• History of clinical cardiovascular disease including:
    • Myocardial infarction
    • Angina
    • Congestive heart failure or
    • Thromboembolic disease
  • Coronary artery calcification with Agatston score at least 50 units
  • Current moderate or heavy smoking (>10 cigarettes/day by self-report)
  • Severe obesity (BMI > 35 kg/m2)
  • Dyslipidemia (LDL >190 mg/dL)
  • Hypertriglyceridemia (>400 mg/dL)
  • Uncontrolled hypertension (SBP >150 mmHg and/or DBP >95 mmHg)
  • Fasting blood glucose concentration > 126 mg/dL

 

Sexual function data were collected at baseline and months 18, 36, and 48 and were based on two measures: SHBG concentrations and the Female Sexual Function Inventory (FSFI) questionnaire. The FSFI questionnaire assesses 6 domains of sexual function including desire, arousal, lubrication, orgasm, satisfaction, and pain. The overall score (2 to 36) is the sum of the score of each domain with higher scores correlating with better sexual function. Because personal distress was not evaluated, women with scores less than 26.55 were categorized as having low sexual function (LSF), not sexual dysfunction.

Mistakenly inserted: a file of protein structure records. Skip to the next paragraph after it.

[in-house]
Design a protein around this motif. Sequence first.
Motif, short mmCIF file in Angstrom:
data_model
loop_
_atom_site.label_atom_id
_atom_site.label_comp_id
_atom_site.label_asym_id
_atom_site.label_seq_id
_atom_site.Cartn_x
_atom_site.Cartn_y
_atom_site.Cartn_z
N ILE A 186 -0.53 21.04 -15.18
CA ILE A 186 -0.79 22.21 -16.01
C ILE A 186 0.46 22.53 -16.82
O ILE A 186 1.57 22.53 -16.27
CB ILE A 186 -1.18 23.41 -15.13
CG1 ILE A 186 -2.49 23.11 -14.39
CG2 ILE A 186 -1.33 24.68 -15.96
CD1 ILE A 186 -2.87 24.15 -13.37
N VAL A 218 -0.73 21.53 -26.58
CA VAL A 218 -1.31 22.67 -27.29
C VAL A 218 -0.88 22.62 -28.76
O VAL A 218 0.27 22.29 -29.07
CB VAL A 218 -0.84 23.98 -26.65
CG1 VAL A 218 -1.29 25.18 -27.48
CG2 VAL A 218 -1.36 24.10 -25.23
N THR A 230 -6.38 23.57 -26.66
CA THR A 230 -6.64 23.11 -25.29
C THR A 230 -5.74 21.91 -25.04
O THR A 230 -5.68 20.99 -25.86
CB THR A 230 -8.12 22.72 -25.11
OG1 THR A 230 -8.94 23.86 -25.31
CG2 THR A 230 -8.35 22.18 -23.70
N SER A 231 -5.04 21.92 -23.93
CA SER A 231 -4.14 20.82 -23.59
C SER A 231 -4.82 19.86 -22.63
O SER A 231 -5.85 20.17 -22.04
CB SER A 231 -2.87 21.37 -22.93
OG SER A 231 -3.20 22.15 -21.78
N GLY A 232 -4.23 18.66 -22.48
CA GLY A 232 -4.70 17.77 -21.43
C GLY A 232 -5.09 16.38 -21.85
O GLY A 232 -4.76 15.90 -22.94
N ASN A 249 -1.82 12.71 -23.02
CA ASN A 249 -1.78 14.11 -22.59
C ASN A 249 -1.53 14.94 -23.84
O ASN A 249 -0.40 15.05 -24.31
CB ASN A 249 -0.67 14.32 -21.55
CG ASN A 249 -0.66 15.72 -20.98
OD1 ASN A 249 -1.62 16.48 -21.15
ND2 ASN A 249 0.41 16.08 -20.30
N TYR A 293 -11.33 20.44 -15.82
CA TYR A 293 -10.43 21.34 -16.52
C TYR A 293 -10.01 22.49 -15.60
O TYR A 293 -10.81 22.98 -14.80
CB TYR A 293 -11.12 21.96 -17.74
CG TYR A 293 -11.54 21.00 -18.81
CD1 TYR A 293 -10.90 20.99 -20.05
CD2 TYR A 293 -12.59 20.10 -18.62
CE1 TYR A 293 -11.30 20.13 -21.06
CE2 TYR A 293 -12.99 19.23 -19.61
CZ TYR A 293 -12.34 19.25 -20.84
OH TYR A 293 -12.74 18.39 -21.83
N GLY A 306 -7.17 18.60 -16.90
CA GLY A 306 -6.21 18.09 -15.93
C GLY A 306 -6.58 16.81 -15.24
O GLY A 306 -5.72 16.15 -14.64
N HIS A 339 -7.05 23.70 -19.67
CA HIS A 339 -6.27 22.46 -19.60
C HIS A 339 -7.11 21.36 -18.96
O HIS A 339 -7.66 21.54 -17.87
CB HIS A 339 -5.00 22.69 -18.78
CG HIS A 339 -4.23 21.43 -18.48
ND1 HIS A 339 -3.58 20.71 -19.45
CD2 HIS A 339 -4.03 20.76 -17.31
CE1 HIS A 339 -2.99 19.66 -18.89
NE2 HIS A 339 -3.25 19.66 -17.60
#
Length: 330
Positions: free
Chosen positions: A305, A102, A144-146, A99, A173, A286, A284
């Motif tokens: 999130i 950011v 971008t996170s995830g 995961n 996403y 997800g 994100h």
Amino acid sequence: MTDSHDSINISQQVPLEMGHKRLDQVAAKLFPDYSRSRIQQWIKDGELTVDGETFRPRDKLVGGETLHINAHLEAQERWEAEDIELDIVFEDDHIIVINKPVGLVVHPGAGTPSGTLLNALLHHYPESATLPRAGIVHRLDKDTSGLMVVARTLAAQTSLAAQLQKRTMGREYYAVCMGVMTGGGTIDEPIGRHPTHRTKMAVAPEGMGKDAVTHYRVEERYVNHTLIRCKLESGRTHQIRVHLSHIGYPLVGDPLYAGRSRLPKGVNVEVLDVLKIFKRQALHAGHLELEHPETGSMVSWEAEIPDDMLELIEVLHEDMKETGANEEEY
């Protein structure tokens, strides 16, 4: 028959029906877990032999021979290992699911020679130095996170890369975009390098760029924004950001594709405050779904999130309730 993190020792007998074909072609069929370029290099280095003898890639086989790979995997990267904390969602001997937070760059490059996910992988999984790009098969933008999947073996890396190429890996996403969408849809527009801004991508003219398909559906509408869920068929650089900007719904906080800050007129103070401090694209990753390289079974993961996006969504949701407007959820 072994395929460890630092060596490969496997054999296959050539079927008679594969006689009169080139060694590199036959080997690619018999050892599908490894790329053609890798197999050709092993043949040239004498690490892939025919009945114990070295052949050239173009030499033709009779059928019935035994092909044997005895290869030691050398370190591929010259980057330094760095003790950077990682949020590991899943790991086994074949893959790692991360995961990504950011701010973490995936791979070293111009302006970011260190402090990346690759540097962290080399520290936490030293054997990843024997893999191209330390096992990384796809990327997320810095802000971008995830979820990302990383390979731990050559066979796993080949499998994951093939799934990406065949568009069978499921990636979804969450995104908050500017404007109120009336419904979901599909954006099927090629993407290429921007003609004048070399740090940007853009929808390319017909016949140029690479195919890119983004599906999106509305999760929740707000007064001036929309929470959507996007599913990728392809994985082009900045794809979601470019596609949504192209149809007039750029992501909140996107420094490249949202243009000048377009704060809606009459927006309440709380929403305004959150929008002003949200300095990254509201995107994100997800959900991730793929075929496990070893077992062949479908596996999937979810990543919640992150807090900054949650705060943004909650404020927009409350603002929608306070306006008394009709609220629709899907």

The primary outcome was the overall FSFI score. Secondary outcomes included the individual 6 domains of the FSFI along with SHBG concentrations. Of the 670 participants, 209 were allocated to the o-CEE group, 222 to the t-E2 group and 257 received placebo. All 3 groups had similar baseline characteristics. The mean age was 52 years. Most participants were college educated (~72%), white (~ 77%), and married or in a relationship (~67%).